Because skunks have a limited supply of ammunition, they don't waste it. A striped skunk can fire five to eight times before it has to reload, which takes about a week. Fortunately the animals engage in warning behavior when they are threatened, giving an intruder ample opportunity to back off. First it will stomp its front feet. With continuing threat, it will make short charges, tail raised in the direction of the threat. Next, it will twist its hind end around so it is headed in the same direction as its snout. (Contrary to popular myth, a striped skunk cannot spray over its back) If the skunk continues to feel threatened, it will spray.

Dogs, however, tend to ignore this warning. That's why it's hard to find a human – but easy to find a dog – who has been sprayed. If a person or pet gets sprayed, the quicker you do something about it the more completely you can remove the odor. First, if eyes are irritated, flush them liberally with cold water. Next, because skunk spray is highly alkaline, wash with mildly acidic substances such as carbolic soap, tomato juice, diluted vinegar, a commercial preparations containing neutroleum alpha, (available from some pet stores), or the following home remedy:

  • 1 quart - 3 percent hydrogen peroxide solution (use fresh solution, as old solution eventually turns into water)
  • ¼ cup - baking soda (bicarbonate of soda)
  • 1 teaspoon - liquid soap, one known for its degreasing qualities

Mix the solution in a large, open container; a closed container can explode. The mixture will bubble because of the chemical interaction between the baking soda and the hydrogen peroxide. Use the entire mixture while it is still bubbling. Wearing rubber gloves, apply the solution, work it into lather, and leave it on for 30 minutes. After washing with any remedy solution, follow with a long hot shower. Depending on the severity of the spray, you may have to repeat the process two or three times.

When washing a dog, wash the body first and then the head to keep the dog from shaking off the mixture. Never use bleach or ammonia, at any dilution, on pets.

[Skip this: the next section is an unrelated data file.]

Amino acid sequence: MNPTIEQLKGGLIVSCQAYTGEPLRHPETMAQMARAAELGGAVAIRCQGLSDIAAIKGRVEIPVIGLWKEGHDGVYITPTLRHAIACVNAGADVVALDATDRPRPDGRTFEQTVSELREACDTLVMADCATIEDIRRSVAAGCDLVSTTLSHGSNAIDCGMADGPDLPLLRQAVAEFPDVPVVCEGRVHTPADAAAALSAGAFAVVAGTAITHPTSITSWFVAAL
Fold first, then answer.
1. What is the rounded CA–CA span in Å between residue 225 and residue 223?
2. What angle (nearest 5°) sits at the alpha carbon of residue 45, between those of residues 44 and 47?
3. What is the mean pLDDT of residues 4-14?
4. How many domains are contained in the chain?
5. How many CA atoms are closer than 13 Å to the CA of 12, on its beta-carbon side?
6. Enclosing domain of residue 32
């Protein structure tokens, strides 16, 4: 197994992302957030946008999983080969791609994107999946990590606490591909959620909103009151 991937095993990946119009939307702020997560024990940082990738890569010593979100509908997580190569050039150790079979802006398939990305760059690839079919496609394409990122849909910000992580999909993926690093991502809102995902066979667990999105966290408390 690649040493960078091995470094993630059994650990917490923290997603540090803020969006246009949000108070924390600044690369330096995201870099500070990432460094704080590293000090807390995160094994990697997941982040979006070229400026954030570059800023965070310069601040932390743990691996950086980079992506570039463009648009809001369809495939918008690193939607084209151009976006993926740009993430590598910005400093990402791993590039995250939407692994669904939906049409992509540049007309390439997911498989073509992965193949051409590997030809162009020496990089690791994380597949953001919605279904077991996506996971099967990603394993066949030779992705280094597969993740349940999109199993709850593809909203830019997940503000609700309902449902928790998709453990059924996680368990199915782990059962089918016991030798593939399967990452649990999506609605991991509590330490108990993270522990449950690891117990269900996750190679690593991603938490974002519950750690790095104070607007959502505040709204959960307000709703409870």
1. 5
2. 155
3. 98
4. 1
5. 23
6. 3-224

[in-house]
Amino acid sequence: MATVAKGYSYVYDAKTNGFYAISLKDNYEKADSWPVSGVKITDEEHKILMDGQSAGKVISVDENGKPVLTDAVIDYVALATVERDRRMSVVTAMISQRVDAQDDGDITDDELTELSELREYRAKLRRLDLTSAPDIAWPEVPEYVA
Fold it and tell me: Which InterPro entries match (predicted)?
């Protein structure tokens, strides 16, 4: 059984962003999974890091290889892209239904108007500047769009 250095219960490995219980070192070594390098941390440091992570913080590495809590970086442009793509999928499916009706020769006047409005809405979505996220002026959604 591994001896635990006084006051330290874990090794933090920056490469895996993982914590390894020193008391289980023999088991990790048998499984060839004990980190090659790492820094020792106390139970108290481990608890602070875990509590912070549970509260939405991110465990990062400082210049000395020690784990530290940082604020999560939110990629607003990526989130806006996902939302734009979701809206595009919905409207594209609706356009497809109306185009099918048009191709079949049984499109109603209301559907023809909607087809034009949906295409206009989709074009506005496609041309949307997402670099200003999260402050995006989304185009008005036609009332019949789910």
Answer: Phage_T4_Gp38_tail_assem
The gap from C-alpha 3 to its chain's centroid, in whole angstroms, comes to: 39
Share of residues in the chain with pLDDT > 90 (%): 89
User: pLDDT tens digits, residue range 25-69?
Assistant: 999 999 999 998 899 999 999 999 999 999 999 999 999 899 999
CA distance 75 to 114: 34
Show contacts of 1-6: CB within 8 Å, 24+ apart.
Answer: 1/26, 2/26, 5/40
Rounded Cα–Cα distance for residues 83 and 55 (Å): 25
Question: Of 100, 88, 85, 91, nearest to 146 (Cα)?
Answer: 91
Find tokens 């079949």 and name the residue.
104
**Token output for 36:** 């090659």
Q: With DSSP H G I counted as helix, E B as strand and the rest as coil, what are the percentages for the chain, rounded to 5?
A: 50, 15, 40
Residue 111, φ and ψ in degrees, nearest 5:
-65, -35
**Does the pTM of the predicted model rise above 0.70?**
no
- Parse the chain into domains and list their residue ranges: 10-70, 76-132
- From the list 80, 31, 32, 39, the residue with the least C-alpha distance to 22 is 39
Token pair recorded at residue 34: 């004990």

These solutions may be used to eliminate most of the skunk odor from people and pets, making the odor tolerable. Only time will eliminate it.

Clothing may be soaked in a weak solution of household chlorine bleach, ammonia, or products containing neutroleum alpha. If the clothing has been heavily sprayed, however, your best option may be to discard or burn it, because fabric will hold the skunk odor for a long time. Never use bleach or ammonia on materials you do not want to stain or discolor.

The products described here may also be used to clean odor from inanimate objects. If the odor is inside or under your house, the area will need to be thoroughly aired out; fans will help.

Remember that the best remedy is prevention. Don't get sprayed!

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Additional Information

Books

New England Wildlife, Habitat, Natural History, and Distribution
Written by: Richard DeGraff, and Mariko Yamasaki
University Press of New England, 2001.
(Available from: www.upne.com)

Internet Resources

Adapted from: "Living with Wildlife in the Pacific Northwest"
(see Washington Department of Fish and Wildlife)

Written by: Russell Link, Wildlife Biologist, Email Russell Link, with assistance from WDFW Biologists Rich Beausoleil and Rocky Spencer

Design and layout: Peggy Ushakoff, ITT2

Illustrations: As credited

Copyright 2005 by the Washington Department of Fish and Wildlife